Elphin spoke on this wise: "Of a truth, none but a king may vie with a king; but were
he not a king, I would say that my wife was as virtuous as any lady in the kingdom, and
also that I have a bard who is more skilful than all the king's bards." In a short
space some of his fellows told the king all the boastings of Elphin; and the king ordered
him to be thrown into a strong prison until he might show the truth as to the virtues of
his wife and the wisdom of his bard.
Now when Elphin had been put in a tower of the castle with a thick chain about his feet
(it is said that it was a silver chain, as he was of royal blood), the king, as the story
relates, sent his son Rhun to inquire into the demeanor of Elphin's wife. Now Rhun was the
most graceless man in the world, and there was neither wife nor maiden with whom he held
converse but was evil spoken of. While Rhun went in haste towards Elphin's dwelling, being
fully minded to bring disgrace upon his wife, Taliesin told his mistress how that the king
had placed his master in durance in prison, and how that Rhun was coming in haste to
strive to bring disgrace upon her. Wherefore he caused his mistress to array one of the
maids of the kitchen in her apparel; which the noble lady gladly did, and she loaded her
hands with the best rings that she and her husband possessed.
In this guise Taliesin caused his mistress to put the maiden to sit at the board in her
room at supper; and he made her to seem as her mistress, and the mistress to seem as the
maid. And when they were in due time seated at their supper, in the manner that has been
said, Rhun suddenly arrived at Elphin's dwelling, and was received with joy, for the
servants knew him; and they brought him to the room of their mistress, in the semblance of
whom the maid rose up from supper and welcomed him gladly. And afterwards she sat down to
supper again, and Rhun with her. Then Rhun began jesting with the maid, who still kept the
semblance of the mistress. And verily this story shows that the maiden became so
intoxicated that she fell asleep; and the story relates that it was a powder that Rhun put
into the drink that made her sleep so soundly that she never felt it when he cut off from
her hand her little finger, whereon was the signet ring of Elphin, which he had sent to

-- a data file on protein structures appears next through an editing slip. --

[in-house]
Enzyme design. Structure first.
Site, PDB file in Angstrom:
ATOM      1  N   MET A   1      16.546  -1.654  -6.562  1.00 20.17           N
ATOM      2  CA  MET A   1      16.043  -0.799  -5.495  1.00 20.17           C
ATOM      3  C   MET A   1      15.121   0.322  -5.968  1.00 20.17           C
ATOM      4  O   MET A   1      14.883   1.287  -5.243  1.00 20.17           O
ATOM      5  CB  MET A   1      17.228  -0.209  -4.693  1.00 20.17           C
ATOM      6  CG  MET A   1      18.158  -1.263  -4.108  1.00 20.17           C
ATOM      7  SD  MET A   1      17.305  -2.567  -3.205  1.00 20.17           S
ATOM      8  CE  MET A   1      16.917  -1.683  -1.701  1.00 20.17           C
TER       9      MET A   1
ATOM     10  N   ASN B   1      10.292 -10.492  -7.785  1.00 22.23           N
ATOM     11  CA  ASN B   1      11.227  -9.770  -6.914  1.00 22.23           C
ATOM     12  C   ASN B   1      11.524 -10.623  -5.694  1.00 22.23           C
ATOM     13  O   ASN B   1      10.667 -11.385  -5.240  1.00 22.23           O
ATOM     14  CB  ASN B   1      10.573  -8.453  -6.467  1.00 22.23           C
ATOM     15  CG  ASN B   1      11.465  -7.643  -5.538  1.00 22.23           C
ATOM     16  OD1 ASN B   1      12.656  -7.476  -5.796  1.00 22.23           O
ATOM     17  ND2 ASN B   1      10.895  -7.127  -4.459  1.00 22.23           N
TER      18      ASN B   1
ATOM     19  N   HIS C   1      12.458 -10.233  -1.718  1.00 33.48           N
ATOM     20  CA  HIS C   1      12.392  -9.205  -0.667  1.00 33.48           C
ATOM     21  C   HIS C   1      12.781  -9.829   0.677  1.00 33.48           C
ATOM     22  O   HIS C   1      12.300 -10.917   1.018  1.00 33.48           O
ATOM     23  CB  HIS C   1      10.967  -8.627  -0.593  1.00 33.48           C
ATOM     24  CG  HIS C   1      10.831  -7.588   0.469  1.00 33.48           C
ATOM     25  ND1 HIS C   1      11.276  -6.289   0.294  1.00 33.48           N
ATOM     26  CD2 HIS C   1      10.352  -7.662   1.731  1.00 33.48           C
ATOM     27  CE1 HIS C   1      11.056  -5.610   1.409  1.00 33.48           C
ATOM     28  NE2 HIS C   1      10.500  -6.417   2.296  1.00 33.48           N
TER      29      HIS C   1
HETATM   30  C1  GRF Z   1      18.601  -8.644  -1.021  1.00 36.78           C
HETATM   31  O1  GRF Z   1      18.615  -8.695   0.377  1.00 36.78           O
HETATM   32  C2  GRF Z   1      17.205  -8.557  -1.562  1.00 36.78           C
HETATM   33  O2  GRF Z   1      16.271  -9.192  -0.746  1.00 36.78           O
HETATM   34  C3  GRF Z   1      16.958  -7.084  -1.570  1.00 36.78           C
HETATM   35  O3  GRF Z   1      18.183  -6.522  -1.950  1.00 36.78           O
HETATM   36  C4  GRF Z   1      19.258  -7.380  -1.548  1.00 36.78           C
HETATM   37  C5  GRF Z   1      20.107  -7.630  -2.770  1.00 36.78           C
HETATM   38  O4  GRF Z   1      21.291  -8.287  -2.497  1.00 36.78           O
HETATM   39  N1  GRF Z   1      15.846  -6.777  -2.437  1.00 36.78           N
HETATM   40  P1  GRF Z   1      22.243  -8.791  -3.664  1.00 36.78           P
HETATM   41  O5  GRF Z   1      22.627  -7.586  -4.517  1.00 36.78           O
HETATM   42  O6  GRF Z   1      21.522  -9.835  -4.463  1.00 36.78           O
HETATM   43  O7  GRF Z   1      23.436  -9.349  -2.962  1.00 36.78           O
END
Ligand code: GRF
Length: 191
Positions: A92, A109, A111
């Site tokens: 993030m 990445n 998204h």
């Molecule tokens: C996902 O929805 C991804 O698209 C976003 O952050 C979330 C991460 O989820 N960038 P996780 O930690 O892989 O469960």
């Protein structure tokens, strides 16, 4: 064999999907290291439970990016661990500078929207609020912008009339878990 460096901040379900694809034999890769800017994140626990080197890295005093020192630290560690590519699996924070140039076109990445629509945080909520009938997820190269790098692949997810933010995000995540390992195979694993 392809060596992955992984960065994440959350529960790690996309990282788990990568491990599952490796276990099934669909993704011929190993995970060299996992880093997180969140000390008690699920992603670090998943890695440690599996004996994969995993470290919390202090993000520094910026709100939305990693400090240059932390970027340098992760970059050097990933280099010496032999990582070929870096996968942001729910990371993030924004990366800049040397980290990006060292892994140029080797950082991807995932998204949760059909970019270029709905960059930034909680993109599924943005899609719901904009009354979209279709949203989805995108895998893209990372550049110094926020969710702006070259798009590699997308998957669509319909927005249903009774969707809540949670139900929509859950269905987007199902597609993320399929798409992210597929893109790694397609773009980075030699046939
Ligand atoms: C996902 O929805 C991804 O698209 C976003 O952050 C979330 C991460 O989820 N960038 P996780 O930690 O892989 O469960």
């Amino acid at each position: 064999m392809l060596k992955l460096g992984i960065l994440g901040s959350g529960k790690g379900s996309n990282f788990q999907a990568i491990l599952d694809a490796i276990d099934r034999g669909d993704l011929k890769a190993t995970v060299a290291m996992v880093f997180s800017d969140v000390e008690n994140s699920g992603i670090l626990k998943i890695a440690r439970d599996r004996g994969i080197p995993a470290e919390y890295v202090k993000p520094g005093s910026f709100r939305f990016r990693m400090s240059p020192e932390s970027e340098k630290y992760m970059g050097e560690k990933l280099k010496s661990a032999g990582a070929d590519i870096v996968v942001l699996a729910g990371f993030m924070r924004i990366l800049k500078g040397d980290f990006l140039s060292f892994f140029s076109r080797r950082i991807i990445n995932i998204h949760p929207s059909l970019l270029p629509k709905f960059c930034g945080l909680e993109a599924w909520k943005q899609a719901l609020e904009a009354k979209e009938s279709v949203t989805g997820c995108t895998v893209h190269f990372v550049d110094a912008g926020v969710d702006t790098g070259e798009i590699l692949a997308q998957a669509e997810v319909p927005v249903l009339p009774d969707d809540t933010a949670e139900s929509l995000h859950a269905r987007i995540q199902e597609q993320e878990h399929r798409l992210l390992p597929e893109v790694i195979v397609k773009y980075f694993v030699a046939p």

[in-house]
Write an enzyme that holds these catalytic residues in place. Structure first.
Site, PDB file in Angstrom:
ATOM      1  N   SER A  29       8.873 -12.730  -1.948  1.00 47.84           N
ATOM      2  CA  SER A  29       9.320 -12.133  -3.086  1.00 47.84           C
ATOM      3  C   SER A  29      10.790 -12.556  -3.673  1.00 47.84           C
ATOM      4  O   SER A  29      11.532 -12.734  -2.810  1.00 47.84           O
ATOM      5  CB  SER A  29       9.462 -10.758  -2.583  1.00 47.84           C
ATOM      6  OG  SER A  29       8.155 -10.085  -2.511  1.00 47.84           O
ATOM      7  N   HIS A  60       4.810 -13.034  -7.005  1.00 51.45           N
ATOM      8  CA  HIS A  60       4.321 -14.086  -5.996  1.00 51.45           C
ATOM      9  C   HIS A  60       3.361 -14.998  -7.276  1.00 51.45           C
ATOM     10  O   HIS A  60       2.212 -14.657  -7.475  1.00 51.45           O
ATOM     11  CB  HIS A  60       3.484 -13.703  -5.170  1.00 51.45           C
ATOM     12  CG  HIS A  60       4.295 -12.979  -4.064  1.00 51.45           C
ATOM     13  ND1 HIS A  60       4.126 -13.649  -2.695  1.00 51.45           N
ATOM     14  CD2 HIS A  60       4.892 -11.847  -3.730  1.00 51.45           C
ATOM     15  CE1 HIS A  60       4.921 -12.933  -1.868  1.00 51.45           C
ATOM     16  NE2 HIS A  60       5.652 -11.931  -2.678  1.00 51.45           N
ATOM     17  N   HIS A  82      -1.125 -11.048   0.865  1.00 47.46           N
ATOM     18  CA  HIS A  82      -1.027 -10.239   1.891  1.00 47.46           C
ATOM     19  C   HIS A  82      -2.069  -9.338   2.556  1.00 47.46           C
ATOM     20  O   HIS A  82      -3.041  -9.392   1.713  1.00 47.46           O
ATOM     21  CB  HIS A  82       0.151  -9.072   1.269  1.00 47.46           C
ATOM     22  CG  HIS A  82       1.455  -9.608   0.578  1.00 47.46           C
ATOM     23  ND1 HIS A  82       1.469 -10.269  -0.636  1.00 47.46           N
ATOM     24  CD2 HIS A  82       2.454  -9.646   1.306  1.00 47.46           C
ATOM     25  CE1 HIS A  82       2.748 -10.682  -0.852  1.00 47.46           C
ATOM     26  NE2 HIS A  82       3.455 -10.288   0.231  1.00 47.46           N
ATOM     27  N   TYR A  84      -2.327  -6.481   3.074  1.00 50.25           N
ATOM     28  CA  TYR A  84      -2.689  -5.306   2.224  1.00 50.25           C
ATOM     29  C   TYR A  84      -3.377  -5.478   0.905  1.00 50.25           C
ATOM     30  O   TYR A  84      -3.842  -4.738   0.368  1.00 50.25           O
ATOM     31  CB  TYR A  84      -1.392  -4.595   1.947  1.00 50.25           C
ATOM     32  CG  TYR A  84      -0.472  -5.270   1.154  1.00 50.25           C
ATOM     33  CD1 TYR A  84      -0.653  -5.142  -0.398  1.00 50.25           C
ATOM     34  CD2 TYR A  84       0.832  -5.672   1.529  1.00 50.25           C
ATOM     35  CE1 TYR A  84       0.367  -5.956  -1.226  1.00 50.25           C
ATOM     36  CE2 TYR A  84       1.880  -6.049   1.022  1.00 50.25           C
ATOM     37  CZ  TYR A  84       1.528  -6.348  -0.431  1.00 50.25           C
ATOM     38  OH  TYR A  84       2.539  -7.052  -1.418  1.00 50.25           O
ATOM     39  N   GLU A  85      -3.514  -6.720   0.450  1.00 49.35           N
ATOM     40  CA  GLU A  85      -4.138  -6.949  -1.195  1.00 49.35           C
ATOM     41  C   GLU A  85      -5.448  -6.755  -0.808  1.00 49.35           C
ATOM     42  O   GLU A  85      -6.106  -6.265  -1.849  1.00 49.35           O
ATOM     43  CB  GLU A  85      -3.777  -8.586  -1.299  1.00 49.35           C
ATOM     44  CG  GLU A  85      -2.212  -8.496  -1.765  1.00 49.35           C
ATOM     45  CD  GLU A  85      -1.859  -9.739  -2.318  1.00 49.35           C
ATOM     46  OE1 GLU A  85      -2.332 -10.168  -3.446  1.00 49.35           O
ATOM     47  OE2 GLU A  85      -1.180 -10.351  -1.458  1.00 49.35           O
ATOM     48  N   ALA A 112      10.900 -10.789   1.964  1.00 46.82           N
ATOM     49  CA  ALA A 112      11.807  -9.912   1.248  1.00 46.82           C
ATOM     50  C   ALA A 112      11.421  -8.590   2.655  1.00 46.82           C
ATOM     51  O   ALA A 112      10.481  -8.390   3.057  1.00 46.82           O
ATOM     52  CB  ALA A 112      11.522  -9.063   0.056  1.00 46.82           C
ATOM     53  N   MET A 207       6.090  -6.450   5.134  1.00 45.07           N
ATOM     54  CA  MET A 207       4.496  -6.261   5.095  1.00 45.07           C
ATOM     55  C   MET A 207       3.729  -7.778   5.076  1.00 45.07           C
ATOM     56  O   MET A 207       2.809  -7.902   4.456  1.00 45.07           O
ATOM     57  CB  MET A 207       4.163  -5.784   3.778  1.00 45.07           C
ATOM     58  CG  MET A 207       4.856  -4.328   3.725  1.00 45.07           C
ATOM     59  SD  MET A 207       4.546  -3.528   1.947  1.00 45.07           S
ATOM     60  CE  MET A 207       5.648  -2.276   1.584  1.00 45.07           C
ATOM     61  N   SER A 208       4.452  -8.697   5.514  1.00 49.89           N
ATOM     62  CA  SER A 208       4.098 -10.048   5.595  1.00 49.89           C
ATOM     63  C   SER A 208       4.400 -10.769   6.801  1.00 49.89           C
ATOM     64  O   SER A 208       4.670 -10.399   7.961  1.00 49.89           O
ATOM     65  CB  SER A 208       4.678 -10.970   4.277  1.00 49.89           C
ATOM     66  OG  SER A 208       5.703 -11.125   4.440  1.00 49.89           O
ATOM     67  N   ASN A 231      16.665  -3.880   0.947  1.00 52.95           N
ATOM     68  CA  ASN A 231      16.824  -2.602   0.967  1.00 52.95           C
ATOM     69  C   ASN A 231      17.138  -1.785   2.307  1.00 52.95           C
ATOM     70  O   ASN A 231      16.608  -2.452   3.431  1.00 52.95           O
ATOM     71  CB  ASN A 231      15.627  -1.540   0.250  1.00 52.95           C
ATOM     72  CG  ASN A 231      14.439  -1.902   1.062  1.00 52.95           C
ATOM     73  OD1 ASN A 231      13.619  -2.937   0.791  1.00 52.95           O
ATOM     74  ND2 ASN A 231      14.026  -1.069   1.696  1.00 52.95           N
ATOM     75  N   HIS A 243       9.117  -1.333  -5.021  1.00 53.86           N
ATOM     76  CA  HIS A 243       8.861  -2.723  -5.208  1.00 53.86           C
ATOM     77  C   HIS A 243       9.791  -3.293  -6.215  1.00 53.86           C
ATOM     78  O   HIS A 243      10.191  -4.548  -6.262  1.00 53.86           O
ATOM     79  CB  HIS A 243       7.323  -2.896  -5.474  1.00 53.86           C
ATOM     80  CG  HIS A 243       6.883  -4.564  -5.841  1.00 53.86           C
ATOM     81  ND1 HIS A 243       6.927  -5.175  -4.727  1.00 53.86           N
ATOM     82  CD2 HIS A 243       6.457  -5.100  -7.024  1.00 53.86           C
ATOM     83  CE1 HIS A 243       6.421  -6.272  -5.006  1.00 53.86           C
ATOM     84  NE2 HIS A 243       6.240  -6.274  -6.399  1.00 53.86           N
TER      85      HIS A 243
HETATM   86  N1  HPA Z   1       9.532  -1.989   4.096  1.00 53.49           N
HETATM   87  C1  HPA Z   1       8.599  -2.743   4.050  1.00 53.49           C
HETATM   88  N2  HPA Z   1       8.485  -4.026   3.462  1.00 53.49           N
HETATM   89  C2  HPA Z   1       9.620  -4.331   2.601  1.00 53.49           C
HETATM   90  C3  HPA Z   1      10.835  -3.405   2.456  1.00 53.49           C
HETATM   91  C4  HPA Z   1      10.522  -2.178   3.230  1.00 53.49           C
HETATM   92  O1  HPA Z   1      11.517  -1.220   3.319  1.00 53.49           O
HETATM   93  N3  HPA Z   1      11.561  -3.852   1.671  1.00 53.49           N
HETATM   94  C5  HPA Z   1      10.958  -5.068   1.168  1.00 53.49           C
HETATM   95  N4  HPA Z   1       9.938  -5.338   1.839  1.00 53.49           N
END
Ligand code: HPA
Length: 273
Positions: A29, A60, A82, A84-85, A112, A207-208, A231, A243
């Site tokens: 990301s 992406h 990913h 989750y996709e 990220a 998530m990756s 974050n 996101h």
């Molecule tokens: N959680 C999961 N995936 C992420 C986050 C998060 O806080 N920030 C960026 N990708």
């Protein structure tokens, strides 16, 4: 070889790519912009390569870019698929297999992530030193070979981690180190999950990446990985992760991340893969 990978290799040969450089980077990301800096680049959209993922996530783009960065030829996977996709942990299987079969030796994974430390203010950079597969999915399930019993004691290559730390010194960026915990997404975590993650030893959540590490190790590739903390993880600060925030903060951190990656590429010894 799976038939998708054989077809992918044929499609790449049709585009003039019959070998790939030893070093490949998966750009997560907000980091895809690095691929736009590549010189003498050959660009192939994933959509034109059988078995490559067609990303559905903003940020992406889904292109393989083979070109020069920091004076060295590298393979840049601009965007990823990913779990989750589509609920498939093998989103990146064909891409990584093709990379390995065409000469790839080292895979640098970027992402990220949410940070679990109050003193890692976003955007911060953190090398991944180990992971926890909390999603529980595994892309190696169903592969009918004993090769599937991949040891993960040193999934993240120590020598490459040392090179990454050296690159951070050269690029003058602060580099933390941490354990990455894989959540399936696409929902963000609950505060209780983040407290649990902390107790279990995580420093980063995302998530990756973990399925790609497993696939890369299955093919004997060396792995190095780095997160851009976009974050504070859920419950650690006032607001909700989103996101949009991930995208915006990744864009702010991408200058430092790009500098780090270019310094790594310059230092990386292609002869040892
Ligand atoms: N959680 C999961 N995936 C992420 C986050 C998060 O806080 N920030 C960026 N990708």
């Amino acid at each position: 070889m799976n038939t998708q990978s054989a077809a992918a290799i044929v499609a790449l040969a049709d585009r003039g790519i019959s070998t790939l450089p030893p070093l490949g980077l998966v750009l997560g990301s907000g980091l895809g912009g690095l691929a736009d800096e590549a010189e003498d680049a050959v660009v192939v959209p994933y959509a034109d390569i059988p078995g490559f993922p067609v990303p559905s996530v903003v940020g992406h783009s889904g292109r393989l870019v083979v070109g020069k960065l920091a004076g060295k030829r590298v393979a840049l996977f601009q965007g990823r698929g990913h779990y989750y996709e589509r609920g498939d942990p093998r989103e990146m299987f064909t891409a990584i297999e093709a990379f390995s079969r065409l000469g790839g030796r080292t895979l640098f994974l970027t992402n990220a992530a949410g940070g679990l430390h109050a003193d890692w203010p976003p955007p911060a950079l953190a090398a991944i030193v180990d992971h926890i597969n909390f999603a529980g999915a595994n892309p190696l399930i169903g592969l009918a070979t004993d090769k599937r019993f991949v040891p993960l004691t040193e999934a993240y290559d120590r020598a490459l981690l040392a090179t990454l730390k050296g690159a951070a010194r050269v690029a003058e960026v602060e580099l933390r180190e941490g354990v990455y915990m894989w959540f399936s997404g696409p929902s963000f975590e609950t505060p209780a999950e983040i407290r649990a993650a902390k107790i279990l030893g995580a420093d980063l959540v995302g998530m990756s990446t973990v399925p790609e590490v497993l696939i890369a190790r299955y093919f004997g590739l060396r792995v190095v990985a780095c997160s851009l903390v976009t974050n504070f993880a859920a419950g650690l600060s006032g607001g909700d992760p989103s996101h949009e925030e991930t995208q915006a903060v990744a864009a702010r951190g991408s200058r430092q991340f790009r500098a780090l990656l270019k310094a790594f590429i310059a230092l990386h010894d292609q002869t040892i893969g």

his wife as a token a short time before. And Rhun returned to the king with the finger and
the ring as a proof, to show that he had cut it off from her hand without her awaking from
her sleep of intemperance.
The king rejoiced greatly at these tidings, and he sent for his
councillors, to whom he
told the whole story from the beginning. And he caused Elphin to be brought out of prison,
and he chided him because of his boast. And he spake on this wise: "Elphin, be it
known to thee beyond a doubt, that it is but folly for a man to trust in the virtues of
his wife further than he can see her; and that thou mayest be certain of thy wife's
vileness, behold her finger, with thy signet ring upon it, which was cut from her hand
last night, while she slept the sleep of intoxication." Then thus spake
"With thy leave, mighty king, I cannot deny my ring, for it is known of many; but
verily I assert that the finger around which it is was never attached to the hand of my
wife; for in truth and certainty there are three notable things pertaining to it, none of
which ever belonged to any of my wife's fingers. The first of the three is, that it is
certainly known to me that this ring would never remain upon her thumb, whereas you can
plainly see that it is hard to draw it over the joint of the little finger of the hand
whence this was cut. The second thing is, that my wife has never let pass one Saturday
since I have known her, without paring her nails before going to bed, and you can see
fully that the nail of this little finger has not been pared for a month. The third is,
truly, that the hand whence this finger came was kneading rye dough within three days
before the finger was cut therefrom, and I can assure your highness that my wife has never
kneaded rye dough since my wife she has been."
The king was mightily wroth with Elphin for so stoutly withstanding him, respecting the
goodness of his wife; wherefore he ordered him to his prison a second time, saying that he
should not be loosed thence until he had proved the truth of his boast, as well concerning
the wisdom of his bard as the virtues of his wife.
In the meantime his wife and Taliesin remained joyful at Elphin's dwelling. And
Taliesin showed his mistress how that Elphin was in prison because of them; but he bade
her be glad, for that he would go to Maelgan's court to free his master. So he took leave